GNU played sensibly against a rather erratic MoGoBot. MoGoBot resigned after losing a group at the top.

Mango crashed in its game against slugGo. It was relaunched by its operator, but meanwhile slugGo had been removed from the game by the "five minute rule" mentioned above. Eventually I noticed that this had happened, and conjectured that I could cause slugGo to re-join the game by using my admin power to "kick" it from the server. To my delight, this worked. I noticed that the delay between the kick and the reappearance of the kicked bot was very close to five minutes.
       After the game got going again, Mango "misread" a semeai, and got a poor position. SlugGo, despite all its lost time, continued to play well, and achieved an overwhelmingly won position.
       However, when I next looked at the game, both players were absent, and Mango's clock was running. I did not attempt to "kick" the players into action, as one of them (my records do not say which) was not present on the server, and so kicking the other one would have given it an unjustified win. We just waited while Mango lost on time, it would surely have lost anyway if play could have been made to resume.

Round 4

In the AyaBot – Mango game, Mango again suffered crashes. During one of its absences, AyaBot suffered from the "five minute rule" being applied. I spotted this, and kicked AyaBot from the server to wake it up - but its owner appeared at about the same time, so it was not clear that my kick was necessary, or effective.
       Later I looked at the game and found that both players were absent from the game but present on the server, and both their operators were absent from the server. I decided to kick them both, so as to get the game going again. I kicked one, and when (after the now familiar five-minute delay) it had re-joined the game, I kicked the other. However, by the time the second one had re-joined the game the first one had been removed again by the five-minue rule. I went round this loop a few times before realising that I needed to apply synchronous kicks. I waited until both were missing again, and then kicked them both, a few seconds apart. To my delight, this worked: they both joined the game together, and stayed joined.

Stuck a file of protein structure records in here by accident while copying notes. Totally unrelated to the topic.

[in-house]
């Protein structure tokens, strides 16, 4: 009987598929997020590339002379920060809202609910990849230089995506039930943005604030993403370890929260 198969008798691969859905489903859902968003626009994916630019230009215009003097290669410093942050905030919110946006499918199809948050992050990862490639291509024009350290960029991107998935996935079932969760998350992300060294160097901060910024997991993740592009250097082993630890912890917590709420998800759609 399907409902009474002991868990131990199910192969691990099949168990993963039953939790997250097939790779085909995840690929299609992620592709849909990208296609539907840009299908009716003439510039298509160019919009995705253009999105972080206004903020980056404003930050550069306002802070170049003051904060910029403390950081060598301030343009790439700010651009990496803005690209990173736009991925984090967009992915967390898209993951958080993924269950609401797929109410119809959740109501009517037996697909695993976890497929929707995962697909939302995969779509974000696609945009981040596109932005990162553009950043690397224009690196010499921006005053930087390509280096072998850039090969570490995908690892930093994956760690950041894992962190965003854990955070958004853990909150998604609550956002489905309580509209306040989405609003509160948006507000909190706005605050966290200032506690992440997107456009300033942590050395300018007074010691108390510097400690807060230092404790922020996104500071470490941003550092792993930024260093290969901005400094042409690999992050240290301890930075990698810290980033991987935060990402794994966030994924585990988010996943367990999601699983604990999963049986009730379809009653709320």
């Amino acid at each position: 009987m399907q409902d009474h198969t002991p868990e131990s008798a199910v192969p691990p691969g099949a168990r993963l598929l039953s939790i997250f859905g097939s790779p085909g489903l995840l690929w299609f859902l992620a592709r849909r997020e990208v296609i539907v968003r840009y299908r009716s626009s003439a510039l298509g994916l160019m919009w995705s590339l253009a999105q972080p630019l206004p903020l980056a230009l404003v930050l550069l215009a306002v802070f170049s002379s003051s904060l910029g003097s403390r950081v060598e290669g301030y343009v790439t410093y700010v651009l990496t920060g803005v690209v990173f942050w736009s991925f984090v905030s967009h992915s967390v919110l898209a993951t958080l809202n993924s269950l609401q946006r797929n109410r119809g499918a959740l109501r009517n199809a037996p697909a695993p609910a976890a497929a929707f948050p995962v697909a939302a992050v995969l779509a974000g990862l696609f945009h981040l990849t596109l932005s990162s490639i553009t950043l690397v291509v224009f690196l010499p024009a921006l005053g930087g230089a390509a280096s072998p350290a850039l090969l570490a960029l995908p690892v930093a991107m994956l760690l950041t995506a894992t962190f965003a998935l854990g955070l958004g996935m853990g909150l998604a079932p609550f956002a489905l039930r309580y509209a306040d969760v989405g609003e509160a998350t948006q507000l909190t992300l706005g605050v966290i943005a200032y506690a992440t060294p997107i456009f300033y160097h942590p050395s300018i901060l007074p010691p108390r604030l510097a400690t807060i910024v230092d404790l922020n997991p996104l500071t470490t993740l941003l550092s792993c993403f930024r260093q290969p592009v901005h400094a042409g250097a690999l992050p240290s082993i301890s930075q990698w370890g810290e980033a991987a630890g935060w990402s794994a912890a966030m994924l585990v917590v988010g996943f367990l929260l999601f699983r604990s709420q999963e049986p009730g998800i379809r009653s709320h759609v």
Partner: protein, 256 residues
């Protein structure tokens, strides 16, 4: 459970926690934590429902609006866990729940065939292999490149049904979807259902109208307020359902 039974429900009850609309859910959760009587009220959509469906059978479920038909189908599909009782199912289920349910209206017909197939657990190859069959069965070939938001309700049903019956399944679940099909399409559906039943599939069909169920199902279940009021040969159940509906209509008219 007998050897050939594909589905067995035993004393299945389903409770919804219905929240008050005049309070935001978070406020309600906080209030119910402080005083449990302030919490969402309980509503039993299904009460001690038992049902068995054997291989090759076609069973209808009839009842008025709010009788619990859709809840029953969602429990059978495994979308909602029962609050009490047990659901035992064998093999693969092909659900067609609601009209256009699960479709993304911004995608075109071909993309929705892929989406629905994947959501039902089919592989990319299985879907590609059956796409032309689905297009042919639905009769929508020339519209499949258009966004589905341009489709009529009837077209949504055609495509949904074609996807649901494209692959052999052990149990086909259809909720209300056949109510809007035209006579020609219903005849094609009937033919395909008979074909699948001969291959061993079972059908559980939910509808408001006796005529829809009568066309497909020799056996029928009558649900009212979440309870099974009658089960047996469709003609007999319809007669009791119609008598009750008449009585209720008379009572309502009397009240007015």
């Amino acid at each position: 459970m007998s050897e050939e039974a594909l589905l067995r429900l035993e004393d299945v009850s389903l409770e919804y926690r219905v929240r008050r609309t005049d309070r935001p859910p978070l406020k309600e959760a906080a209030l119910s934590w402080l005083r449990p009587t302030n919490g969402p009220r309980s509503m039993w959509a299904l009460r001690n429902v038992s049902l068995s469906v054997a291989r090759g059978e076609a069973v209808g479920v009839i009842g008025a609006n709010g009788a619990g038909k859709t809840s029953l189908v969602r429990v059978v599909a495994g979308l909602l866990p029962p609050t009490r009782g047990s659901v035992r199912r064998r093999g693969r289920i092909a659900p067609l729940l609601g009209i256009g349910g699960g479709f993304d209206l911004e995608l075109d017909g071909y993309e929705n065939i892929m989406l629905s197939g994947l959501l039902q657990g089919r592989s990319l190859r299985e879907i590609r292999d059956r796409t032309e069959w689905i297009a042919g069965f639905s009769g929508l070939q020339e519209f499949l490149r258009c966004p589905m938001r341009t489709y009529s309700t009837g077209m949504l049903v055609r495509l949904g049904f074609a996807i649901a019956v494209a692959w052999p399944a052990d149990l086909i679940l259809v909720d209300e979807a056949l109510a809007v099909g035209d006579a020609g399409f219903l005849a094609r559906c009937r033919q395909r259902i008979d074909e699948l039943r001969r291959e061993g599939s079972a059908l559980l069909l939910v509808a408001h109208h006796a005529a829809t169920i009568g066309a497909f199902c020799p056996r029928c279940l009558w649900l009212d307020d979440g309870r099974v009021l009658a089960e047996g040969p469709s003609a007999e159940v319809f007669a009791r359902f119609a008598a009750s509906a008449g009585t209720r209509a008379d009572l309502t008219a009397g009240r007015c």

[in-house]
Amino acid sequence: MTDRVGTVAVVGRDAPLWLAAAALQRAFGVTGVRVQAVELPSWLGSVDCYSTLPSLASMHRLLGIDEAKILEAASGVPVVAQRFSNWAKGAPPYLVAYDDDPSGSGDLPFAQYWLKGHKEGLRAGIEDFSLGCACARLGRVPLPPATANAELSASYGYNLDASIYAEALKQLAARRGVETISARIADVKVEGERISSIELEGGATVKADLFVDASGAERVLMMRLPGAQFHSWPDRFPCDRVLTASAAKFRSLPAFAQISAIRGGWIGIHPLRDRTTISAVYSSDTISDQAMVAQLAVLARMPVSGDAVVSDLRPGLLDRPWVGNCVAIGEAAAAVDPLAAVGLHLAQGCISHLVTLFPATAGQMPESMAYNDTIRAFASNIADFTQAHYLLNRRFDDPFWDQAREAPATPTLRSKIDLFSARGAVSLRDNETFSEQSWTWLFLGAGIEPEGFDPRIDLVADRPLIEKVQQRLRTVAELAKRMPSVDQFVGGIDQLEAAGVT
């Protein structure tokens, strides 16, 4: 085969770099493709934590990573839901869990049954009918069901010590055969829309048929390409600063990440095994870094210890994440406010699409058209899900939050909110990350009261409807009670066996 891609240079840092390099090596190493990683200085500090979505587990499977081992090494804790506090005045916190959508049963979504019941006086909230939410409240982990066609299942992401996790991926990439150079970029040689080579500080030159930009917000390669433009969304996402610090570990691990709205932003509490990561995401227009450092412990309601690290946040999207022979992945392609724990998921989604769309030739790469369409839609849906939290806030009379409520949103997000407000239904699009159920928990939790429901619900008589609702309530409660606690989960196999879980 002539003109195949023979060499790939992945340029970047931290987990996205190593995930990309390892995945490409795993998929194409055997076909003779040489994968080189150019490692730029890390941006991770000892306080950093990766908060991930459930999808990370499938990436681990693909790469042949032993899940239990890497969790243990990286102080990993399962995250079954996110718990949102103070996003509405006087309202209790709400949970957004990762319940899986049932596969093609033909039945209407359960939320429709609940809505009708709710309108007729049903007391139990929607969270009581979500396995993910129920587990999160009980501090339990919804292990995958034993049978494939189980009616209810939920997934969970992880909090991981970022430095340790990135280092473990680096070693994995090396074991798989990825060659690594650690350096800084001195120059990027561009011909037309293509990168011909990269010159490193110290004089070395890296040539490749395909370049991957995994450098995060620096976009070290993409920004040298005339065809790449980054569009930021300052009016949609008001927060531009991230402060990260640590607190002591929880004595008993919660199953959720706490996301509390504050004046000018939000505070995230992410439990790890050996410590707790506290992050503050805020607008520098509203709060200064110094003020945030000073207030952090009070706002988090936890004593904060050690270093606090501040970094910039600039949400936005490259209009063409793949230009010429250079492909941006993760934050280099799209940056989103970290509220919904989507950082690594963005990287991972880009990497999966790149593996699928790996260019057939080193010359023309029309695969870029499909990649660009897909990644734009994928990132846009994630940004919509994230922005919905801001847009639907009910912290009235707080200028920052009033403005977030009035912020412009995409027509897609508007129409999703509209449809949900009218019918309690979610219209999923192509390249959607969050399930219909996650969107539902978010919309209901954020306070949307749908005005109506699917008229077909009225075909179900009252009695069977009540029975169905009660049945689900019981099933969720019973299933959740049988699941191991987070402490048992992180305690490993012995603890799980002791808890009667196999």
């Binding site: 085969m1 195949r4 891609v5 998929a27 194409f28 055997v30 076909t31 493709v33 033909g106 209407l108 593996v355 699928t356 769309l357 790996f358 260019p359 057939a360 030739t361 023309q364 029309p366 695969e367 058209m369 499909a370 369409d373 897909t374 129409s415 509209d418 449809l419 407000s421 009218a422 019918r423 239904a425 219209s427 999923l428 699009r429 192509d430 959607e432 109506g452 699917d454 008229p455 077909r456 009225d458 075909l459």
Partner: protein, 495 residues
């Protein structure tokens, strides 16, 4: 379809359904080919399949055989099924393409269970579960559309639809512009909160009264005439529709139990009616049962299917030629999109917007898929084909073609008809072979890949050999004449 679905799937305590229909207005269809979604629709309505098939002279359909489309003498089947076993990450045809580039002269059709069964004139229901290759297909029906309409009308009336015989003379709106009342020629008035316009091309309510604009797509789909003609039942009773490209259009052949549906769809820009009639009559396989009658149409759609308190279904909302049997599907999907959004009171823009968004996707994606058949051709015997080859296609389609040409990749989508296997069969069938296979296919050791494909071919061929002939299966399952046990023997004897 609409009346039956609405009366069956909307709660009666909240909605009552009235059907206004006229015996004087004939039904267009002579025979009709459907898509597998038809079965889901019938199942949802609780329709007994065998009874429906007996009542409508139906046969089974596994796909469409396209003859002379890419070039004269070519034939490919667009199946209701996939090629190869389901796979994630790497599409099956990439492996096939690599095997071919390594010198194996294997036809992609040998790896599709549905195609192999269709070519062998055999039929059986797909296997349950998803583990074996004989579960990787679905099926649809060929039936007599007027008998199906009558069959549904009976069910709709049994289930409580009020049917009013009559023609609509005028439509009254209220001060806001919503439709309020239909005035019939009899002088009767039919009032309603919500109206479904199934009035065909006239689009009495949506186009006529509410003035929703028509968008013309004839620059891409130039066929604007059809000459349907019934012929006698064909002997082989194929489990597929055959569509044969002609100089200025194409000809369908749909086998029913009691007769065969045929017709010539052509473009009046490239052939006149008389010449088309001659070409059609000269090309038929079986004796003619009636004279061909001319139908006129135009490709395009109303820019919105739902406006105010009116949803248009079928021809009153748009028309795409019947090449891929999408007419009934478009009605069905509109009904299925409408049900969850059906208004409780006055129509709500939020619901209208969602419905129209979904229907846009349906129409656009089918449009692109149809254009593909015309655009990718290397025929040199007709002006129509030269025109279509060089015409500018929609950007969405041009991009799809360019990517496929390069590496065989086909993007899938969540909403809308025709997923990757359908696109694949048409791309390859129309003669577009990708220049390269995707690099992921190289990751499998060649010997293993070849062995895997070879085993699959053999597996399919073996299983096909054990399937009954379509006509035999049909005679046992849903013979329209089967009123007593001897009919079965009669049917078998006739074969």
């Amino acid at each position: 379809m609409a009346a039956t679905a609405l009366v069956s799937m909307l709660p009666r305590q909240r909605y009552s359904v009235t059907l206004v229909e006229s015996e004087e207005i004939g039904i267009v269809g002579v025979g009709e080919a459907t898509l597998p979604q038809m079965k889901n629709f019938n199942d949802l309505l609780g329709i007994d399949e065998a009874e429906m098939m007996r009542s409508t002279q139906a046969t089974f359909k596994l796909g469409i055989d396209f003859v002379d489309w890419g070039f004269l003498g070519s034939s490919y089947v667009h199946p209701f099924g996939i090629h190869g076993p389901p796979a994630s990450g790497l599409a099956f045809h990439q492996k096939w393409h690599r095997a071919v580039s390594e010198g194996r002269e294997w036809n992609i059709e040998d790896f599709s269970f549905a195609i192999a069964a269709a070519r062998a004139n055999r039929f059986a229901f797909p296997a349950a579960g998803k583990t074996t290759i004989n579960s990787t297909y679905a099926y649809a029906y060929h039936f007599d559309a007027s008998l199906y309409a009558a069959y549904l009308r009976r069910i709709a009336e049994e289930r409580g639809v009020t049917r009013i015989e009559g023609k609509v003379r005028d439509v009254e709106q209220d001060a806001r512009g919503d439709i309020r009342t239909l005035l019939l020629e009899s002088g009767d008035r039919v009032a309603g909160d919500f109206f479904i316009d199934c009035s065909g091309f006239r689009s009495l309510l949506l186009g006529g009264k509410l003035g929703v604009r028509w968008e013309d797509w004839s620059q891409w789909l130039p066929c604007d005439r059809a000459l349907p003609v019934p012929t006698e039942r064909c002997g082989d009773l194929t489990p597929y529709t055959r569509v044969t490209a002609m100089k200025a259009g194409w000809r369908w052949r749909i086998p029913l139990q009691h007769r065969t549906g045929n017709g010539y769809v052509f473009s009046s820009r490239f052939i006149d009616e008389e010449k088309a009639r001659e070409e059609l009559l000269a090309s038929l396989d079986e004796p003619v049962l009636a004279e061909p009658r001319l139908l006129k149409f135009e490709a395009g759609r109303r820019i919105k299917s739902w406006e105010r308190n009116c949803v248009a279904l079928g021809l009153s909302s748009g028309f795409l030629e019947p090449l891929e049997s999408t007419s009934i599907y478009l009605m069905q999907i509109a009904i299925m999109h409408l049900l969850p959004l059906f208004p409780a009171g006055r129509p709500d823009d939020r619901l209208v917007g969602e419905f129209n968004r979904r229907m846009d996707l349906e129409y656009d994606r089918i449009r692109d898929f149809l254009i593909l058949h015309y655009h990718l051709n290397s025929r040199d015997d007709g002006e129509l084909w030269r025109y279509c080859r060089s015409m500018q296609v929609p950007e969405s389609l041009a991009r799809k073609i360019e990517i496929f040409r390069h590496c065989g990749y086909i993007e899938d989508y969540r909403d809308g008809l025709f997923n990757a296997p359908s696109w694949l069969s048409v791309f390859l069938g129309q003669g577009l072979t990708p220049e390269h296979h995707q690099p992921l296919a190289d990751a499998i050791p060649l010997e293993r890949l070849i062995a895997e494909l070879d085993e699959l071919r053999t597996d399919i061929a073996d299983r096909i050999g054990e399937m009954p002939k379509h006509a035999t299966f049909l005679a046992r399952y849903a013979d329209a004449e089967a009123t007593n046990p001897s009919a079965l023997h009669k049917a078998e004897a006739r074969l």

The game eventually came to an end with Mango 17½ points ahead. However, the players did not agree on the status of one of the groups, and the server sent them both the kgsGtp clean-up command. This asks them to continue playing until all dead stones have been reomved from the game. AyaBot complied with this and captured Mango's dead stones, but Mango did not know what it was meant to do, and the game came to a stop with two of AyaBot's clearly dead stones still on the board, destroying Mango's largets territory. So AyaBot was declared the winner.